Maclean’s solo exhibit, Vegas – Venice, set to open at ERES-Stiftung in Munich, Germany, on September 7th, 2010, is an exploration of two very distinct landscapes in distress, the similar patterns that emerge, and how time changes our perception of what truly exists.  The ERES-Stiftung is a non-profit organization that encourages a collaboration of the arts and sciences to better understand and communicate in an increasingly complex world.  Rather than simply asking questions, ERES-Stiftung emboldens society to be part of the solution.

by Michelina Docimo, CSBA

Michelina Docimo is a certified sustainable building advisor and writer.  Her focus is on sustainable or “green” architecture, landscape, design, and the representation of nature in art.  Her writings have appeared in ARTES Magazine, CT Green Scene, D’Art International, and other industry publications.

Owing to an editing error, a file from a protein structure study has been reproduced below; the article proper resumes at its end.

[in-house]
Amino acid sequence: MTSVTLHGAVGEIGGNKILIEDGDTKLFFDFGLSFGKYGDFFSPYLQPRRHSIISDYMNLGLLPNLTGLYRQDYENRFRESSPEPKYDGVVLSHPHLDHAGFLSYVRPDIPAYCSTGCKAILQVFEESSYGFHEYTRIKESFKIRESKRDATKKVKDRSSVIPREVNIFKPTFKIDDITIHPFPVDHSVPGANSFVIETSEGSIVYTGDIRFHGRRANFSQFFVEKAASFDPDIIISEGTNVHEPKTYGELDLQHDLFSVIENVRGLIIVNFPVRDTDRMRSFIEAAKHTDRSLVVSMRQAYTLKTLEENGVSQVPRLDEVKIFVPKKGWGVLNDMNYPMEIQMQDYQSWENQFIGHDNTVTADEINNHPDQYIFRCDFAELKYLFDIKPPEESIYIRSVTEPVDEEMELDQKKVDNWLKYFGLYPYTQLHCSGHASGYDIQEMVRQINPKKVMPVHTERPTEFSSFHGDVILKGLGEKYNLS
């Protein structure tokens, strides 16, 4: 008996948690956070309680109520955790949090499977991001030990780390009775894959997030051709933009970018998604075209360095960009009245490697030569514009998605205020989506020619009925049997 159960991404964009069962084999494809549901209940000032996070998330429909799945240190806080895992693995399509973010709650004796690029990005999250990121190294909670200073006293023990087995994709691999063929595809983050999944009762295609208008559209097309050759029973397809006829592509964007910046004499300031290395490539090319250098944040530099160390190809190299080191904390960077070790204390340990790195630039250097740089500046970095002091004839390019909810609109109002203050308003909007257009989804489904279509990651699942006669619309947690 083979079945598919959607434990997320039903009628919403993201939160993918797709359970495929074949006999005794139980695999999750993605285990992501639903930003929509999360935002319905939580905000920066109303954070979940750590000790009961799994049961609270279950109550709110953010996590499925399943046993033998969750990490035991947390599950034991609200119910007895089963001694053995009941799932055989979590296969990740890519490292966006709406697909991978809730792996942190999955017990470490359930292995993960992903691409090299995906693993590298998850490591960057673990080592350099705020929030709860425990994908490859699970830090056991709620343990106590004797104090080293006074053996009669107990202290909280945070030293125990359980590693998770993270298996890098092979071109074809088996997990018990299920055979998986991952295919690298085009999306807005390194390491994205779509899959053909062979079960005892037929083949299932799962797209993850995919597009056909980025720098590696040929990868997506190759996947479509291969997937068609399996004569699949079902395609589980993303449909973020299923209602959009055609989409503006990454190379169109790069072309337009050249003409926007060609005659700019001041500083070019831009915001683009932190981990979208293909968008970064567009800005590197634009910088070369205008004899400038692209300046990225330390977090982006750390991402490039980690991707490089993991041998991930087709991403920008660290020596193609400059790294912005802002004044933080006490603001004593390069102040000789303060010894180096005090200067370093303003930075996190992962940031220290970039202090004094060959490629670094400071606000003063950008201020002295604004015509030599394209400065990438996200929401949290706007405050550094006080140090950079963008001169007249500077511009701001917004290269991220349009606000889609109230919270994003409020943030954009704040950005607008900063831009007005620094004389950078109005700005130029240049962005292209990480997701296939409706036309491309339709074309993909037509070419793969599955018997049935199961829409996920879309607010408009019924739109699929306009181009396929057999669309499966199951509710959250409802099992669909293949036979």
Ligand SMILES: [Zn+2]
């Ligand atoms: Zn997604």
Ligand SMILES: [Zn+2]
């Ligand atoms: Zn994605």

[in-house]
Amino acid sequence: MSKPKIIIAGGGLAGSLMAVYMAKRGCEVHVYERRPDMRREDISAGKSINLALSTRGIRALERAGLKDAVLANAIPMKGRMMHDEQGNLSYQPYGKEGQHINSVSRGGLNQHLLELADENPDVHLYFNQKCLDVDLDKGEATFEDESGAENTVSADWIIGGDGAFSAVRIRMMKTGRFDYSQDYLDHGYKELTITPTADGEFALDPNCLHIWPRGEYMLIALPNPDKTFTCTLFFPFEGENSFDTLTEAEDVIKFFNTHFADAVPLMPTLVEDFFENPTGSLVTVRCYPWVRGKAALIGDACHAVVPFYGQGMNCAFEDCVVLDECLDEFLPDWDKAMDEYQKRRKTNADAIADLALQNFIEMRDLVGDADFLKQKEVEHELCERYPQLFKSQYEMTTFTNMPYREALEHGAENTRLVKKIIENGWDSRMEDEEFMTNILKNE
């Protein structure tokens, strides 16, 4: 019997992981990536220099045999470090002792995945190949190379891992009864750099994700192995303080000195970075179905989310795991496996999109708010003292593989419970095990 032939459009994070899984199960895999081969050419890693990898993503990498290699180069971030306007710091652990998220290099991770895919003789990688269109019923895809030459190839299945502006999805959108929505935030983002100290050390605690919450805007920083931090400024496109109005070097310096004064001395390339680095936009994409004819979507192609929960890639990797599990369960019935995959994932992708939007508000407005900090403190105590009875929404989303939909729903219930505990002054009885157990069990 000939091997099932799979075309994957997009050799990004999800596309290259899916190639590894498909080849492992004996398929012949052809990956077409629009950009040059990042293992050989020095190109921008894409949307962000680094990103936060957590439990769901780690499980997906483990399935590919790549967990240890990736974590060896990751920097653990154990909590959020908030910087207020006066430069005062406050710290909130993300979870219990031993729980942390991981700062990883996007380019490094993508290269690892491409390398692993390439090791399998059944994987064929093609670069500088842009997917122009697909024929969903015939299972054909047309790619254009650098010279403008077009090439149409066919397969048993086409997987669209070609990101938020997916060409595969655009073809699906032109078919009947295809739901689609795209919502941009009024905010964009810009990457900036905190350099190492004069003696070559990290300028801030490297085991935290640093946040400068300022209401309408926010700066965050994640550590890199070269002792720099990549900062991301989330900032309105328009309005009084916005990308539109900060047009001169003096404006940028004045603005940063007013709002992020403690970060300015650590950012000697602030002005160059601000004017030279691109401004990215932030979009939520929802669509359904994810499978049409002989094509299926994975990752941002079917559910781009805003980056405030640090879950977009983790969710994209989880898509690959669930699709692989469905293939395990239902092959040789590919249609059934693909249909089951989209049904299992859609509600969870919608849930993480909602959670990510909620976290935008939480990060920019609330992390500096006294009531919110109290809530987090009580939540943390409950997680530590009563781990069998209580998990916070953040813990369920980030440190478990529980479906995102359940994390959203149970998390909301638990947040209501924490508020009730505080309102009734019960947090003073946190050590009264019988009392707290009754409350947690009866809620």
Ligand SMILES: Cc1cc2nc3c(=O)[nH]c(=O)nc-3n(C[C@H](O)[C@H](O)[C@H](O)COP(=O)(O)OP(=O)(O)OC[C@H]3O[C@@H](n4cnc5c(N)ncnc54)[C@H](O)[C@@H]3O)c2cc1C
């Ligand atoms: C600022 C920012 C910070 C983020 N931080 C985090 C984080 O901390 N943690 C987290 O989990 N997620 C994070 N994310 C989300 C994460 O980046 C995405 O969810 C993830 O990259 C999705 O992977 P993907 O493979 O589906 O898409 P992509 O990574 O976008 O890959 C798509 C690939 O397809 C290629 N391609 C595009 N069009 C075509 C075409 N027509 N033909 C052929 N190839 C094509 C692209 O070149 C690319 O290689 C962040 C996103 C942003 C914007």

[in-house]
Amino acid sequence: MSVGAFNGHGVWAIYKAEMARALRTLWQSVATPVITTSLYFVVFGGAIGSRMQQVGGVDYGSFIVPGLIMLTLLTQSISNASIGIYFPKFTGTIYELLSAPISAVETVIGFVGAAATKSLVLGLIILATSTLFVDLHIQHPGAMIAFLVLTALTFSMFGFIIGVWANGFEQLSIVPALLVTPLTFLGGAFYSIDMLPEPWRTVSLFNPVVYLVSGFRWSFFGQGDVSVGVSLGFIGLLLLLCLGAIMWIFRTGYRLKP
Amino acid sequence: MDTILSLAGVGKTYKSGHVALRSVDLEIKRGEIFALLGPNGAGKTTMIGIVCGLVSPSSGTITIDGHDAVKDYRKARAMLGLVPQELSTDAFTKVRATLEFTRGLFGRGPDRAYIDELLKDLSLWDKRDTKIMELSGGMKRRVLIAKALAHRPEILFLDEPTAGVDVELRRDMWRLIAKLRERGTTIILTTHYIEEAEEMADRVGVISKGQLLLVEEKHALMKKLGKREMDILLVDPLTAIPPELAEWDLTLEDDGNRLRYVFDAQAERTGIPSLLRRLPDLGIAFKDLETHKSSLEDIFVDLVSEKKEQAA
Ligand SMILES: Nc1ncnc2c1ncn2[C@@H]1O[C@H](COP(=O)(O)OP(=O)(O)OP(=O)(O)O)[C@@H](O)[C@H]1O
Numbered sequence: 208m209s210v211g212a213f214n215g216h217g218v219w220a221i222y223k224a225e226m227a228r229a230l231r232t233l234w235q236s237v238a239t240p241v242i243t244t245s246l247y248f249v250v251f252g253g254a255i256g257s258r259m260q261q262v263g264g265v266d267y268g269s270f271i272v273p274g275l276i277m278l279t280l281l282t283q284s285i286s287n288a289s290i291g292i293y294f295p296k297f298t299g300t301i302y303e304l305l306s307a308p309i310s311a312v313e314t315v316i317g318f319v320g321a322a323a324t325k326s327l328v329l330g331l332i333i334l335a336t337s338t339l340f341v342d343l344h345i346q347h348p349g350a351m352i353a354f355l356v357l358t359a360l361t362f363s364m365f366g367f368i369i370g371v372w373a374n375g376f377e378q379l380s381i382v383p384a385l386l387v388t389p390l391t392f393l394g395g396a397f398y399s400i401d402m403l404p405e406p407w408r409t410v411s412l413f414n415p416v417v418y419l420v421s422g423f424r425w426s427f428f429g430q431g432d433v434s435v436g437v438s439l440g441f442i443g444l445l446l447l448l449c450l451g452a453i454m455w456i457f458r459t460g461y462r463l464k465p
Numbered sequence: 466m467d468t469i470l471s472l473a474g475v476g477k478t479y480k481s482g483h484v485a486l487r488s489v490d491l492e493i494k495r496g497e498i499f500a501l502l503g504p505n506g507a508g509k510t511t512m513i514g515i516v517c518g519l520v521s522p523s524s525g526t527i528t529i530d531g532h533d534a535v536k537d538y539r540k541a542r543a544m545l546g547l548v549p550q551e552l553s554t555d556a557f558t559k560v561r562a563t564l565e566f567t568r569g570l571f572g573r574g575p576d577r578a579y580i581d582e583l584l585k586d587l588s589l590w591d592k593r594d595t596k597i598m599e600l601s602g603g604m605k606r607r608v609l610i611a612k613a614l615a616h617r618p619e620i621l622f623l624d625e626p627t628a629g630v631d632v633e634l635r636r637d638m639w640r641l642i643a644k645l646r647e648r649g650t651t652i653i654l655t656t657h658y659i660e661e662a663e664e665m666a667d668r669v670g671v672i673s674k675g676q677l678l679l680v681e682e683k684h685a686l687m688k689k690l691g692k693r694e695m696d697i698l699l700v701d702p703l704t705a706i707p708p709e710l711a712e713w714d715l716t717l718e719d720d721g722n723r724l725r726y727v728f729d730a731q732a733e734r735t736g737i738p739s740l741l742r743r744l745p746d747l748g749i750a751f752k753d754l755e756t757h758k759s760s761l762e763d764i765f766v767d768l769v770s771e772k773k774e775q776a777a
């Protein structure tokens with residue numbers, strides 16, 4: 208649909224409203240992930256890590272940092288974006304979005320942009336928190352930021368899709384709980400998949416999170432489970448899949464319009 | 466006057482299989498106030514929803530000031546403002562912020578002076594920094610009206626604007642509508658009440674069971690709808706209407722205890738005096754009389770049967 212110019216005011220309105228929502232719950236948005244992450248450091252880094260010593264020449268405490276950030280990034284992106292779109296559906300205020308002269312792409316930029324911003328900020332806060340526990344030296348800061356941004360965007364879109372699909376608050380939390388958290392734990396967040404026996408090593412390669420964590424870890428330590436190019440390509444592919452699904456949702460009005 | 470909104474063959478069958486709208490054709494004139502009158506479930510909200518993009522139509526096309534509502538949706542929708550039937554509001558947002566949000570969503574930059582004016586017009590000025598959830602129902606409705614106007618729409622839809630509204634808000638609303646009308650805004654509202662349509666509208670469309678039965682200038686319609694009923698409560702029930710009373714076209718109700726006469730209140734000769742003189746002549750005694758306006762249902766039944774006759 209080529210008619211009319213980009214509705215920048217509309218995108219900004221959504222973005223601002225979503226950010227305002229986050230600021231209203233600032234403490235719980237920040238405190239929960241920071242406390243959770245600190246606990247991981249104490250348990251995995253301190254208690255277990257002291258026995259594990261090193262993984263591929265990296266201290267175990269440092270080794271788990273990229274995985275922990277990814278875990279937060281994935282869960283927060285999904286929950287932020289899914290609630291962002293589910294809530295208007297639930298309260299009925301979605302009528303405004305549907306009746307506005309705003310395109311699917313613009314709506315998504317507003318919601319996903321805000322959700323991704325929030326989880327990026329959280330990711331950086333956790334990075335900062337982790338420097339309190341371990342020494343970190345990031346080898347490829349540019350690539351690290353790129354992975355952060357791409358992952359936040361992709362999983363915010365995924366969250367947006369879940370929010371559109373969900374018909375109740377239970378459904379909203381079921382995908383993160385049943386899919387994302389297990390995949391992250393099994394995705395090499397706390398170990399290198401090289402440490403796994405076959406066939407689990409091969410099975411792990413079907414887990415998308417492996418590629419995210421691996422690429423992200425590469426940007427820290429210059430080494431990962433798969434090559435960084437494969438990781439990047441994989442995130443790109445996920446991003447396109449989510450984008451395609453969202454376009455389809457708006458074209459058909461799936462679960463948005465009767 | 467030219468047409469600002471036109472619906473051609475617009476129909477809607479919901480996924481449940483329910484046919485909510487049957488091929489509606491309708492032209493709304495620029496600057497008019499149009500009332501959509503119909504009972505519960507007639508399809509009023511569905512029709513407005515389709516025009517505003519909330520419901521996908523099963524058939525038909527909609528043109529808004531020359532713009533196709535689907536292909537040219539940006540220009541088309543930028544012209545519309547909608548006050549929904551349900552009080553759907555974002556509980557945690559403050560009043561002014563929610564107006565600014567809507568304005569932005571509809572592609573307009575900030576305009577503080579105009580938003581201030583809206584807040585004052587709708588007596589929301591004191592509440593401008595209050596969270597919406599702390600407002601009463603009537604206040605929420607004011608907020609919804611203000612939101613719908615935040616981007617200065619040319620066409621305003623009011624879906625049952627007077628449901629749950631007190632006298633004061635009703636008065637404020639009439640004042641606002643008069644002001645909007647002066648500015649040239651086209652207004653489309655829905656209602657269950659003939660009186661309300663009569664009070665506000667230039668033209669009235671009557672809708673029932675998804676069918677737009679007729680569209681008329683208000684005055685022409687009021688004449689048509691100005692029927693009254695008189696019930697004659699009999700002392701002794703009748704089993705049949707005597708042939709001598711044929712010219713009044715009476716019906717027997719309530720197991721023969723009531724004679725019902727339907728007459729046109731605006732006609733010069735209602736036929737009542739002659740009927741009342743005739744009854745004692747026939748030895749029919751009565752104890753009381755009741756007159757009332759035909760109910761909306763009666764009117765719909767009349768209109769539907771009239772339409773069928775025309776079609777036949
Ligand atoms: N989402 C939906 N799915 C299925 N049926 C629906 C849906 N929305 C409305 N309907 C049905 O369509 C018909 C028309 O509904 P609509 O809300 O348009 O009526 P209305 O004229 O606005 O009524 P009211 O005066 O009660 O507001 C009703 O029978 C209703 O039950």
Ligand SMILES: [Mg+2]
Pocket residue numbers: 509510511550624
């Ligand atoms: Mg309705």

Visit her blog

Over the past 33 years, Alex Maclean has exhibited his work in galleries all over the United States, as well as Canada, Belgium, France, Spain, Italy, and Germany.  He has been the recipient of:  the CORINE International Book Award: For OVER: The American Landscape at the Tipping Point, 2009; Boston Society of Landscape Architects: Award of Excellence, 2006; American Academy in Rome: Awarded the Rome Prize in Landscape Architecture for 2003-2004; The American Institute of Architects: Citation for Excellence awarded to “Taking Measures Across the American Landscape,” 1997; The American Society of Landscape Architects: Honor Award in Communications bestowed upon “Taking Measures Across the American Landscape,” 1997; National Endowment for the Arts: Design Grant, 1990-1992; among a host of other honors.  Some of his public collectors include: Banque Nationale de Paris, Centre Pompidou, DeCordova Museum, Chase Manhattan Bank, Bank of America, Citibank, Fidelity Investments, Goldman Sachs, Museum of Contemporary Photography in Chicago, and J.P. Morgan.
Alex Maclean

This article was first published in ARTES Magazine: